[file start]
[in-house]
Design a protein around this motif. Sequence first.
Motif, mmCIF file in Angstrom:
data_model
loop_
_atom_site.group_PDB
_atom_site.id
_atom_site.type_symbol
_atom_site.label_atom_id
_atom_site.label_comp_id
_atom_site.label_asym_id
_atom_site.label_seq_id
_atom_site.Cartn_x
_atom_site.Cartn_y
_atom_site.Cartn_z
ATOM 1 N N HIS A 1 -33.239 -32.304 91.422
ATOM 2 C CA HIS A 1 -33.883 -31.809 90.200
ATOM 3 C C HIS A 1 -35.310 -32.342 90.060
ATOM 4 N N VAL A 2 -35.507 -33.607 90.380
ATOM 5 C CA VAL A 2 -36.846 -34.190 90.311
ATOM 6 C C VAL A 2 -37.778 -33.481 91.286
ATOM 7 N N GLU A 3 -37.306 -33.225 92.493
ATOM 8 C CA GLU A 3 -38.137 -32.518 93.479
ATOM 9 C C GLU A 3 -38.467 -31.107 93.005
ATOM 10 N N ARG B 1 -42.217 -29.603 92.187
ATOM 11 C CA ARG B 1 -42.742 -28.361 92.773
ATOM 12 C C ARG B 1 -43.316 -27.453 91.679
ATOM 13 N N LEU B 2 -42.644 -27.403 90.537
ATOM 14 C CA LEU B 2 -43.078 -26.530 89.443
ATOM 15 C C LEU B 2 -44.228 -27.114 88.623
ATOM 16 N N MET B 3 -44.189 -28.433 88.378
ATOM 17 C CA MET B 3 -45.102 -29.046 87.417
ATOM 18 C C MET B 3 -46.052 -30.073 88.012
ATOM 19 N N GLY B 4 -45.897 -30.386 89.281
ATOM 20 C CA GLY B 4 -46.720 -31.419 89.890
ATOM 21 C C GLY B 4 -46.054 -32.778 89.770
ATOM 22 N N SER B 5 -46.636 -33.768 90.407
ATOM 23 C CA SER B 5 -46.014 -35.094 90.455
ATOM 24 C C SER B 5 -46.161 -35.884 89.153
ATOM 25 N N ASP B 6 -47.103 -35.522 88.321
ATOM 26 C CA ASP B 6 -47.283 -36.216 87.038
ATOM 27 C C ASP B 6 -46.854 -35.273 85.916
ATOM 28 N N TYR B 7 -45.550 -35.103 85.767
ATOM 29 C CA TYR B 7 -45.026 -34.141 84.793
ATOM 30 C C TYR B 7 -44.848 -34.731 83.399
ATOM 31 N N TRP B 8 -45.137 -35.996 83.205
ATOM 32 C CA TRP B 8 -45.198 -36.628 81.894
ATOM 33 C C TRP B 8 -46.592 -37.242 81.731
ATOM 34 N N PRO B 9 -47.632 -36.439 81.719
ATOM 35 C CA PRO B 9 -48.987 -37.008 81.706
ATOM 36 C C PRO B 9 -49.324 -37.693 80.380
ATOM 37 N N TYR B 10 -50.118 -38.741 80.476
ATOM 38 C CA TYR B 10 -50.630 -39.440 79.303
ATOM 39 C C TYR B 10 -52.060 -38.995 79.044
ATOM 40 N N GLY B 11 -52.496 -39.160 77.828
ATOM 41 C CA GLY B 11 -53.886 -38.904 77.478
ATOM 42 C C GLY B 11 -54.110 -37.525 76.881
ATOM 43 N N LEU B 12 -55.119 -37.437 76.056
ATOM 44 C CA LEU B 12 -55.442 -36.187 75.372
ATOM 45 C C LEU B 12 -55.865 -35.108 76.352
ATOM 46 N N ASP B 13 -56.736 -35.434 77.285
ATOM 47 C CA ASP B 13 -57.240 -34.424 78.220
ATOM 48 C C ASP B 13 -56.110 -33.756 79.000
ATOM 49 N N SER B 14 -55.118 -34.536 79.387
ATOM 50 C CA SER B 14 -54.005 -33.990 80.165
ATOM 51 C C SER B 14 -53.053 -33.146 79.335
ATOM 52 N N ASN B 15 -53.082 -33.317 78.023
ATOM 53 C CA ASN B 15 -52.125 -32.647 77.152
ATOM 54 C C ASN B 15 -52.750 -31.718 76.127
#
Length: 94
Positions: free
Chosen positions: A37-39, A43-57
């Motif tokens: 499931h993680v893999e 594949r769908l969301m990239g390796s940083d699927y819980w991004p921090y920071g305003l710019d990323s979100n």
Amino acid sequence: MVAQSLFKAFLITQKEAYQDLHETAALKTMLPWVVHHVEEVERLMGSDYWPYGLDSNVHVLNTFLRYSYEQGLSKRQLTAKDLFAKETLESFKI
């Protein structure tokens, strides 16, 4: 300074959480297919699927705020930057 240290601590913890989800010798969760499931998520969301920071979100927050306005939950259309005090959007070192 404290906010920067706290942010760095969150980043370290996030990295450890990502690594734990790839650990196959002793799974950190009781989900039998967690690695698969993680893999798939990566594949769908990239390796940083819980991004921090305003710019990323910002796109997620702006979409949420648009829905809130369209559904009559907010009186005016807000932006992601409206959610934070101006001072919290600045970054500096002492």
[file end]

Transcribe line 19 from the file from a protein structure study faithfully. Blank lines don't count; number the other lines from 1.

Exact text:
ATOM 4 N N VAL A 2 -35.507 -33.607 90.380